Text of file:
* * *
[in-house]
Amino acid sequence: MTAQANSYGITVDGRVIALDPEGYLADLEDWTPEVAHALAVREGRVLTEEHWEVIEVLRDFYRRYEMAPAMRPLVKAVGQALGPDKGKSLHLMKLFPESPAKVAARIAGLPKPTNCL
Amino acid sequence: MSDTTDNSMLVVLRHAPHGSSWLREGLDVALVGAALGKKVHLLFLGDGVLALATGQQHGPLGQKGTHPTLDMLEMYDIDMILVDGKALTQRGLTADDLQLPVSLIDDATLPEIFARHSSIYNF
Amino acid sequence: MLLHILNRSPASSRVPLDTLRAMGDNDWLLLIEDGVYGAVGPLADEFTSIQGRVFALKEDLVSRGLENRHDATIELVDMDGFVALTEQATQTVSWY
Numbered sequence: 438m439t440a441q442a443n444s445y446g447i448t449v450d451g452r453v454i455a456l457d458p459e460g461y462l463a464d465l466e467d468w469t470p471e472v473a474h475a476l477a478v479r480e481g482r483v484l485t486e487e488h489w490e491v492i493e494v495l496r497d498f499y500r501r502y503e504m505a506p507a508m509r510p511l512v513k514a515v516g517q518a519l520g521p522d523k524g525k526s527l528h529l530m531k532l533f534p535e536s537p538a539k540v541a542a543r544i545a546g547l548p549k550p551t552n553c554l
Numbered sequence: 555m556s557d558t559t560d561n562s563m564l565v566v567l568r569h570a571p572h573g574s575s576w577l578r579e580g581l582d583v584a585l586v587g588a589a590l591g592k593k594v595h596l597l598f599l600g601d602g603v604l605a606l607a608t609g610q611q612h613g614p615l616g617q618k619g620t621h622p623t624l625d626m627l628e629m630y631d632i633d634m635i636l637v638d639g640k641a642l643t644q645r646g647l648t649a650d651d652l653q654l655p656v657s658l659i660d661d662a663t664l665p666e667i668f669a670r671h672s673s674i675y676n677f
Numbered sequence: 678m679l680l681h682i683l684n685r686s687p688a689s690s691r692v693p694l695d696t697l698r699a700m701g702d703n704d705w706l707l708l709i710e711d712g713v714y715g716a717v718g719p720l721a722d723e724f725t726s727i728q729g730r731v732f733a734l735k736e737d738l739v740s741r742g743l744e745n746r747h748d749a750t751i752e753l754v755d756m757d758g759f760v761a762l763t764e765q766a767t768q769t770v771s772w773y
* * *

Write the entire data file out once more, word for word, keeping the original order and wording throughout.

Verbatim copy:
[in-house]
Amino acid sequence: MTAQANSYGITVDGRVIALDPEGYLADLEDWTPEVAHALAVREGRVLTEEHWEVIEVLRDFYRRYEMAPAMRPLVKAVGQALGPDKGKSLHLMKLFPESPAKVAARIAGLPKPTNCL
Amino acid sequence: MSDTTDNSMLVVLRHAPHGSSWLREGLDVALVGAALGKKVHLLFLGDGVLALATGQQHGPLGQKGTHPTLDMLEMYDIDMILVDGKALTQRGLTADDLQLPVSLIDDATLPEIFARHSSIYNF
Amino acid sequence: MLLHILNRSPASSRVPLDTLRAMGDNDWLLLIEDGVYGAVGPLADEFTSIQGRVFALKEDLVSRGLENRHDATIELVDMDGFVALTEQATQTVSWY
Numbered sequence: 438m439t440a441q442a443n444s445y446g447i448t449v450d451g452r453v454i455a456l457d458p459e460g461y462l463a464d465l466e467d468w469t470p471e472v473a474h475a476l477a478v479r480e481g482r483v484l485t486e487e488h489w490e491v492i493e494v495l496r497d498f499y500r501r502y503e504m505a506p507a508m509r510p511l512v513k514a515v516g517q518a519l520g521p522d523k524g525k526s527l528h529l530m531k532l533f534p535e536s537p538a539k540v541a542a543r544i545a546g547l548p549k550p551t552n553c554l
Numbered sequence: 555m556s557d558t559t560d561n562s563m564l565v566v567l568r569h570a571p572h573g574s575s576w577l578r579e580g581l582d583v584a585l586v587g588a589a590l591g592k593k594v595h596l597l598f599l600g601d602g603v604l605a606l607a608t609g610q611q612h613g614p615l616g617q618k619g620t621h622p623t624l625d626m627l628e629m630y631d632i633d634m635i636l637v638d639g640k641a642l643t644q645r646g647l648t649a650d651d652l653q654l655p656v657s658l659i660d661d662a663t664l665p666e667i668f669a670r671h672s673s674i675y676n677f
Numbered sequence: 678m679l680l681h682i683l684n685r686s687p688a689s690s691r692v693p694l695d696t697l698r699a700m701g702d703n704d705w706l707l708l709i710e711d712g713v714y715g716a717v718g719p720l721a722d723e724f725t726s727i728q729g730r731v732f733a734l735k736e737d738l739v740s741r742g743l744e745n746r747h748d749a750t751i752e753l754v755d756m757d758g759f760v761a762l763t764e765q766a767t768q769t770v771s772w773y